"I've played a lot of T20 games batting in the middle-order now, so I've seen a lot of scenarios and I'm learning all the time, trying to improve all the time," David said.

"That's a role that I prepare for a lot, and I think what he (Marsh) means by saying it's the hardest is that there's not a lot of guys that specialise in that position.

"But I don't think it's the hardest position.

"If you put me out there against the swinging ball at the start, where Heady (match high scorer Travis Head) was, it would have looked a lot different.

"So there's different skills sets that suit roles, but I'm certainly confident when I walk into a scenario and can try and have a positive impact for the side."

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The scenario that confronted him last night was one of the few he's not seen often in a career that's taken him to domestic franchise competitions in India, England, Pakistan, South Africa, West Indies, USA and the UAE in recent years.

With Australia's top-order holing out in failed attempts to clear the invitingly close straight boundaries at Auckland's Eden Park, David went to the wicket in the 10th over with the very real prospect of facing 30 or more deliveries for the first time in Australia colours.

He duly defended the first two balls he received after Marsh and Glenn Maxwell had departed in quick succession, then knocked the third to long-on for a single before instinct took over and he belted the first of three boundaries before he also succumbed to a miscued pull.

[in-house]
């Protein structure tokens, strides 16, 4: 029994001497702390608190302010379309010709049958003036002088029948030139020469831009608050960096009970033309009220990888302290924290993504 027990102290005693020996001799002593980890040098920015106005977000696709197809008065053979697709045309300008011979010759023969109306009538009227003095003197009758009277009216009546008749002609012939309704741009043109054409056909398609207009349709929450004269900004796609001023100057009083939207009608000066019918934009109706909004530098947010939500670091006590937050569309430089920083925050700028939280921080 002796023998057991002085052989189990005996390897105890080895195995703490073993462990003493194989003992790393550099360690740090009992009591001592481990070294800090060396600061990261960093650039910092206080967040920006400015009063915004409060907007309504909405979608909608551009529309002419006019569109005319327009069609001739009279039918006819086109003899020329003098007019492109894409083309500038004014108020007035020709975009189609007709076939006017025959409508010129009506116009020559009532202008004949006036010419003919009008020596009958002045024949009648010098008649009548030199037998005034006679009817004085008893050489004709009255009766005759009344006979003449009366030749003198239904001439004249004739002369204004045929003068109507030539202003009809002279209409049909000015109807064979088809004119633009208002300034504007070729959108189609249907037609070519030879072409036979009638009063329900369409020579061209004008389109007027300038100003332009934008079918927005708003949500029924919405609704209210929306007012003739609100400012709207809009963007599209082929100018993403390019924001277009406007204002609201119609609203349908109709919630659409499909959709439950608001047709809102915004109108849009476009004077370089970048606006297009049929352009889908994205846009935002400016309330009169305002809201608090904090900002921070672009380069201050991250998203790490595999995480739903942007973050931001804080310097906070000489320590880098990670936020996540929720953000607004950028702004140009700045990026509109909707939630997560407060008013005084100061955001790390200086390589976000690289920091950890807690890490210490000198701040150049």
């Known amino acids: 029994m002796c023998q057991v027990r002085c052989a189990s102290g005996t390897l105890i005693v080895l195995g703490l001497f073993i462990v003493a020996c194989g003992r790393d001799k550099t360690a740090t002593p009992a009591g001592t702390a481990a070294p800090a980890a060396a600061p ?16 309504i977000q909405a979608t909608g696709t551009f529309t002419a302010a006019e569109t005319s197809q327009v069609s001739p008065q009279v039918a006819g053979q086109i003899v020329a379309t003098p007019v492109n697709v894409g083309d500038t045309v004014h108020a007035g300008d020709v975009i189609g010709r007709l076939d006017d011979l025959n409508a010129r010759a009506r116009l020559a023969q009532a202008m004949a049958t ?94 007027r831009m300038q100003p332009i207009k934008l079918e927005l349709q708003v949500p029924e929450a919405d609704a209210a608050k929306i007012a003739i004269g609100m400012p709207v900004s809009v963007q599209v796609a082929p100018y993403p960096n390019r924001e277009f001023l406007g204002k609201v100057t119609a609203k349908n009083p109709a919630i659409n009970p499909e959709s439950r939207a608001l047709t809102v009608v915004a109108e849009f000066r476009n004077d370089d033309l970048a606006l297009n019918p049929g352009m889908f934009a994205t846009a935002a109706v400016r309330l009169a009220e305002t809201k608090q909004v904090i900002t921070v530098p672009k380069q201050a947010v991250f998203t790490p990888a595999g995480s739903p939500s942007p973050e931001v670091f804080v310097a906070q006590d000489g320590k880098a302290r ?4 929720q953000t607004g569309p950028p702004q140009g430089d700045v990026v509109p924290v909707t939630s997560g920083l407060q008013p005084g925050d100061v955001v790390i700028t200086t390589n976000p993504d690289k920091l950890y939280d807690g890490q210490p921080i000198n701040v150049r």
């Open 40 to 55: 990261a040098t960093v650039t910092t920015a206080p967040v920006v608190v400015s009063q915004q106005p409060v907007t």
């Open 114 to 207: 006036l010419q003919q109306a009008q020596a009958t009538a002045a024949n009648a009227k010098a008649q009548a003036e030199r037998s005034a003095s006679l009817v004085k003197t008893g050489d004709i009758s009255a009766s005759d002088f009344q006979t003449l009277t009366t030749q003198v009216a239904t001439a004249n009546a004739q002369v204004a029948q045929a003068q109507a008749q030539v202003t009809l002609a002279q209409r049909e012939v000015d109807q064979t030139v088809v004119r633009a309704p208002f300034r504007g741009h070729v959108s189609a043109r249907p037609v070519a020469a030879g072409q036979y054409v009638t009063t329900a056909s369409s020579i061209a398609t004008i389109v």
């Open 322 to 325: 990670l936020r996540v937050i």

David conceded he doesn't often get to bat with so much time remaining in an innings, but is conscious of assessing whatever game scenario confronts him and adapting his batting approach to that situation.

The circumstances with which he's most familiar are those that unfolded at Wellington where the equation was a dauntingly straightforward 44 runs required for victory from 19 balls when he joined Marsh in the middle of Sky Stadium.

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"The most obvious thing is you have to be pretty aggressive to have a chance of winning the game," David said of the mindset he took into that moment.

"The overriding feeling was that we were a good chance because of the way the pitch was playing, and the boundary sizes square were short.

"I was saying to Mitch 'I think we need five or six sixes in 14 balls, or 15 balls' and I didn’t feel like I was going to get it (the target) running twos.

"My strength is to take the game on and it probably came to a certain stage in that game where I was like 'we’ve got to make a dent here, try and get the runs', so it kind of evolved from there.

"The big thing that’s spoken about is that if guys can go out and play their best game, we are going to win matches.

"We aren't going out there trying not to make mistakes, it’s really important to be in that positive mindset."